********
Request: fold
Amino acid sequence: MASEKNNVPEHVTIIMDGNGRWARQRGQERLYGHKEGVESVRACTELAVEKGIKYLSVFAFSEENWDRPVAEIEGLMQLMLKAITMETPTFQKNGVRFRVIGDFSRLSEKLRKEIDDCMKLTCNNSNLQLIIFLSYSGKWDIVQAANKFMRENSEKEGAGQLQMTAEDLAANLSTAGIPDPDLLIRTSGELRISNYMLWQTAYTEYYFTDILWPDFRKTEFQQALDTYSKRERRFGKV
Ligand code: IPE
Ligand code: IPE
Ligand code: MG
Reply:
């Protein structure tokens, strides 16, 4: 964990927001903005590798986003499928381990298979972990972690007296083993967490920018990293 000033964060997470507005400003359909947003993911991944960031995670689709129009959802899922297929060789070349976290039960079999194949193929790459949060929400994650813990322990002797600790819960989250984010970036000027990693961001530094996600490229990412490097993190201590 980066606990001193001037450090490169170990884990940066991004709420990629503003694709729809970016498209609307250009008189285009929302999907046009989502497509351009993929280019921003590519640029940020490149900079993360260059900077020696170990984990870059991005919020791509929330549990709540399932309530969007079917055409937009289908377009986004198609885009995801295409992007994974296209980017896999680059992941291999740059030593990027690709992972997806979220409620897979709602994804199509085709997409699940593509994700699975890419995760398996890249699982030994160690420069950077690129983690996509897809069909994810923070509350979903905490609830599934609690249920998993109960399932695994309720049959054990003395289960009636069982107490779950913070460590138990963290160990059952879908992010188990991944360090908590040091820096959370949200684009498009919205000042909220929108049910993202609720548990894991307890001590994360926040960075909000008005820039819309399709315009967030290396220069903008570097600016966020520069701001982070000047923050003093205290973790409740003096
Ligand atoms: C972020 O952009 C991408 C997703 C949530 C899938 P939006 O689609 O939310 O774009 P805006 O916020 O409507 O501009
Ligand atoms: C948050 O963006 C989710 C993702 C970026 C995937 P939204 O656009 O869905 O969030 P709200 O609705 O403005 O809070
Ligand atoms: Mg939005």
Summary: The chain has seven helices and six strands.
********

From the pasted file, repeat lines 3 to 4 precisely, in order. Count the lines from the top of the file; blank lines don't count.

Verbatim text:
Ligand code: IPE
Ligand code: IPE